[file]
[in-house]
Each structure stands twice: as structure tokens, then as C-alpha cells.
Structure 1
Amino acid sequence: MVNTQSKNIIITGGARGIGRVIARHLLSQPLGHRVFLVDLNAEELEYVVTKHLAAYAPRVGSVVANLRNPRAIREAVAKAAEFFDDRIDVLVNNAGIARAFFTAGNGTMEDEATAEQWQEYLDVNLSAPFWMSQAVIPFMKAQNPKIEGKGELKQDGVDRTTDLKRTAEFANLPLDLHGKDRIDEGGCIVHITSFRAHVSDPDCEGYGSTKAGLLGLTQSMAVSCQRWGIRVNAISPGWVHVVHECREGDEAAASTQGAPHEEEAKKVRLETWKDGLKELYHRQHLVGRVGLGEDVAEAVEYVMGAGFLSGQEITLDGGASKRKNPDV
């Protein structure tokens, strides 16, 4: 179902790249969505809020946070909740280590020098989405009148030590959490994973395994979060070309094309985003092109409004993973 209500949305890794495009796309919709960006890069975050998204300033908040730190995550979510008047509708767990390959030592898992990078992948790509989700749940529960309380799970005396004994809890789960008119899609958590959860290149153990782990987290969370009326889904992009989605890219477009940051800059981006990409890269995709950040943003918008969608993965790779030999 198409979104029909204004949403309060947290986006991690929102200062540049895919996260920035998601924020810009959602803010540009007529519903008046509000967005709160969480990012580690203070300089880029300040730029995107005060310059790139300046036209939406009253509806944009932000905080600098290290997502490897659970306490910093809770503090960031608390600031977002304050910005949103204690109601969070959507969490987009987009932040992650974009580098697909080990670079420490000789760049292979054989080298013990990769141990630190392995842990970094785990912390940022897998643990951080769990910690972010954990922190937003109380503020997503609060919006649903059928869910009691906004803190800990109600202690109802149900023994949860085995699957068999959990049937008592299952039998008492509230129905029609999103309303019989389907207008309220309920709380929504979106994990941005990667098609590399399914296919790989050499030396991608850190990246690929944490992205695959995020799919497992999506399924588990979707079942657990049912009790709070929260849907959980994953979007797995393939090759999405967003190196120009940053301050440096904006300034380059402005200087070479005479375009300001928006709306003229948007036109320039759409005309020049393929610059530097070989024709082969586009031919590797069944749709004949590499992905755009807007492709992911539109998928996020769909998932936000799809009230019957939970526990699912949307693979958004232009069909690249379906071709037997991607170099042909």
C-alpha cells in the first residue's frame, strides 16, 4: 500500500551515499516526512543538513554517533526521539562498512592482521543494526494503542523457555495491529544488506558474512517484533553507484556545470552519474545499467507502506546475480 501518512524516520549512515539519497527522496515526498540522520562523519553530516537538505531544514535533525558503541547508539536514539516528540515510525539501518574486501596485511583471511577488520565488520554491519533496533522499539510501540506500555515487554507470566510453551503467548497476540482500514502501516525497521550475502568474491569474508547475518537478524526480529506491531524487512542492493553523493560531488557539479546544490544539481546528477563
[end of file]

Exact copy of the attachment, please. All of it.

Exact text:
[in-house]
Each structure stands twice: as structure tokens, then as C-alpha cells.
Structure 1
Amino acid sequence: MVNTQSKNIIITGGARGIGRVIARHLLSQPLGHRVFLVDLNAEELEYVVTKHLAAYAPRVGSVVANLRNPRAIREAVAKAAEFFDDRIDVLVNNAGIARAFFTAGNGTMEDEATAEQWQEYLDVNLSAPFWMSQAVIPFMKAQNPKIEGKGELKQDGVDRTTDLKRTAEFANLPLDLHGKDRIDEGGCIVHITSFRAHVSDPDCEGYGSTKAGLLGLTQSMAVSCQRWGIRVNAISPGWVHVVHECREGDEAAASTQGAPHEEEAKKVRLETWKDGLKELYHRQHLVGRVGLGEDVAEAVEYVMGAGFLSGQEITLDGGASKRKNPDV
């Protein structure tokens, strides 16, 4: 179902790249969505809020946070909740280590020098989405009148030590959490994973395994979060070309094309985003092109409004993973 209500949305890794495009796309919709960006890069975050998204300033908040730190995550979510008047509708767990390959030592898992990078992948790509989700749940529960309380799970005396004994809890789960008119899609958590959860290149153990782990987290969370009326889904992009989605890219477009940051800059981006990409890269995709950040943003918008969608993965790779030999 198409979104029909204004949403309060947290986006991690929102200062540049895919996260920035998601924020810009959602803010540009007529519903008046509000967005709160969480990012580690203070300089880029300040730029995107005060310059790139300046036209939406009253509806944009932000905080600098290290997502490897659970306490910093809770503090960031608390600031977002304050910005949103204690109601969070959507969490987009987009932040992650974009580098697909080990670079420490000789760049292979054989080298013990990769141990630190392995842990970094785990912390940022897998643990951080769990910690972010954990922190937003109380503020997503609060919006649903059928869910009691906004803190800990109600202690109802149900023994949860085995699957068999959990049937008592299952039998008492509230129905029609999103309303019989389907207008309220309920709380929504979106994990941005990667098609590399399914296919790989050499030396991608850190990246690929944490992205695959995020799919497992999506399924588990979707079942657990049912009790709070929260849907959980994953979007797995393939090759999405967003190196120009940053301050440096904006300034380059402005200087070479005479375009300001928006709306003229948007036109320039759409005309020049393929610059530097070989024709082969586009031919590797069944749709004949590499992905755009807007492709992911539109998928996020769909998932936000799809009230019957939970526990699912949307693979958004232009069909690249379906071709037997991607170099042909």
C-alpha cells in the first residue's frame, strides 16, 4: 500500500551515499516526512543538513554517533526521539562498512592482521543494526494503542523457555495491529544488506558474512517484533553507484556545470552519474545499467507502506546475480 501518512524516520549512515539519497527522496515526498540522520562523519553530516537538505531544514535533525558503541547508539536514539516528540515510525539501518574486501596485511583471511577488520565488520554491519533496533522499539510501540506500555515487554507470566510453551503467548497476540482500514502501516525497521550475502568474491569474508547475518537478524526480529506491531524487512542492493553523493560531488557539479546544490544539481546528477563